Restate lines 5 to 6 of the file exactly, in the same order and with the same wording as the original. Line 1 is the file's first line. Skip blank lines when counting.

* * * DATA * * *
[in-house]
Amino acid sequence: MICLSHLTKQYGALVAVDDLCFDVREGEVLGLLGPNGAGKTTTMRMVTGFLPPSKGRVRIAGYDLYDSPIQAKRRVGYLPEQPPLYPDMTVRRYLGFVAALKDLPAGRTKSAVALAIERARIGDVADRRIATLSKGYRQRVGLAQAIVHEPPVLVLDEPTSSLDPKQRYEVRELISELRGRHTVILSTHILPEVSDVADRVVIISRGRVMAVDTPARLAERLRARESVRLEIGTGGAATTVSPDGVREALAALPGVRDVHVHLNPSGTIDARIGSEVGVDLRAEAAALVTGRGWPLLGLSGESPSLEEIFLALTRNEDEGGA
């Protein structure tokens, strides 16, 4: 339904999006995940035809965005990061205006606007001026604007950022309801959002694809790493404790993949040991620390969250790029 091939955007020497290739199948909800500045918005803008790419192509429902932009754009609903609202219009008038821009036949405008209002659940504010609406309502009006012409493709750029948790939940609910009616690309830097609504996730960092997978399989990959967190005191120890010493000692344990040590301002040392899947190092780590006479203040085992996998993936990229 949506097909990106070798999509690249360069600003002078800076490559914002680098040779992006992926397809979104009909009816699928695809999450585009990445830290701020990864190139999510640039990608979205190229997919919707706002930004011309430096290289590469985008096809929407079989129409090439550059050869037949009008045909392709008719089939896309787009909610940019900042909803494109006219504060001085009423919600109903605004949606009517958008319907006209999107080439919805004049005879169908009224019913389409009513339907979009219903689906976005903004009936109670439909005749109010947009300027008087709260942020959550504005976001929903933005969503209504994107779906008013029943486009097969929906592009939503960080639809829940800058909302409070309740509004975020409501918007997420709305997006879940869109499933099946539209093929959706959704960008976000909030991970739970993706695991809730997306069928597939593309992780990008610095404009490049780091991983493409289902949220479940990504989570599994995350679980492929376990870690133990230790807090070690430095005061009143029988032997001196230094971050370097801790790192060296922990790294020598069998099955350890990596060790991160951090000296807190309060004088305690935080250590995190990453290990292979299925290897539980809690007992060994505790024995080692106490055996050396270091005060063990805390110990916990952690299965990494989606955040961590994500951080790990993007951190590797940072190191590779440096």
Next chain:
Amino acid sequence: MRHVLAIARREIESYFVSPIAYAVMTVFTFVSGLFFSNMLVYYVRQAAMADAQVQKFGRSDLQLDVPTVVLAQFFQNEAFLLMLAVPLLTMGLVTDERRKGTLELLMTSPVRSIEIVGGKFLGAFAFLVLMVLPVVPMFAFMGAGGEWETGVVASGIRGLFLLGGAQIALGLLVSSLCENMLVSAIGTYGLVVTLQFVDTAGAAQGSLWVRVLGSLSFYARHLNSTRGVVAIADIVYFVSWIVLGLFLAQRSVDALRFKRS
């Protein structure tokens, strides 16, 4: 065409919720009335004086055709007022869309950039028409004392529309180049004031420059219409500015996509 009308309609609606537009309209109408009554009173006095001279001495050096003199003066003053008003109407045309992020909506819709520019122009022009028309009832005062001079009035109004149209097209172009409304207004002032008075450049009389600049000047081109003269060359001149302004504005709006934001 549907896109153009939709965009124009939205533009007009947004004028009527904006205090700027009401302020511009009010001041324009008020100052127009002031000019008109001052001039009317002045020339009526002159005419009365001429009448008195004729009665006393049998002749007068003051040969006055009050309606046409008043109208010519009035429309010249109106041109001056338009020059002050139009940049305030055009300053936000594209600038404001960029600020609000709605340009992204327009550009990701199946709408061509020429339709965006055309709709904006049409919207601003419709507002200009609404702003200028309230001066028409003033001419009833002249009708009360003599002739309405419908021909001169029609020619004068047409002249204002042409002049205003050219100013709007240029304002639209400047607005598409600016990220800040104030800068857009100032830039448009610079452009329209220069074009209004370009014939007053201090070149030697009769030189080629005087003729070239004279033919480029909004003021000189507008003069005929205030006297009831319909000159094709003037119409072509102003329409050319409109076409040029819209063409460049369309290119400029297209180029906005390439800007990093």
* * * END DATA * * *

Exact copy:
Amino acid sequence: MRHVLAIARREIESYFVSPIAYAVMTVFTFVSGLFFSNMLVYYVRQAAMADAQVQKFGRSDLQLDVPTVVLAQFFQNEAFLLMLAVPLLTMGLVTDERRKGTLELLMTSPVRSIEIVGGKFLGAFAFLVLMVLPVVPMFAFMGAGGEWETGVVASGIRGLFLLGGAQIALGLLVSSLCENMLVSAIGTYGLVVTLQFVDTAGAAQGSLWVRVLGSLSFYARHLNSTRGVVAIADIVYFVSWIVLGLFLAQRSVDALRFKRS
């Protein structure tokens, strides 16, 4: 065409919720009335004086055709007022869309950039028409004392529309180049004031420059219409500015996509 009308309609609606537009309209109408009554009173006095001279001495050096003199003066003053008003109407045309992020909506819709520019122009022009028309009832005062001079009035109004149209097209172009409304207004002032008075450049009389600049000047081109003269060359001149302004504005709006934001 549907896109153009939709965009124009939205533009007009947004004028009527904006205090700027009401302020511009009010001041324009008020100052127009002031000019008109001052001039009317002045020339009526002159005419009365001429009448008195004729009665006393049998002749007068003051040969006055009050309606046409008043109208010519009035429309010249109106041109001056338009020059002050139009940049305030055009300053936000594209600038404001960029600020609000709605340009992204327009550009990701199946709408061509020429339709965006055309709709904006049409919207601003419709507002200009609404702003200028309230001066028409003033001419009833002249009708009360003599002739309405419908021909001169029609020619004068047409002249204002042409002049205003050219100013709007240029304002639209400047607005598409600016990220800040104030800068857009100032830039448009610079452009329209220069074009209004370009014939007053201090070149030697009769030189080629005087003729070239004279033919480029909004003021000189507008003069005929205030006297009831319909000159094709003037119409072509102003329409050319409109076409040029819209063409460049369309290119400029297209180029906005390439800007990093």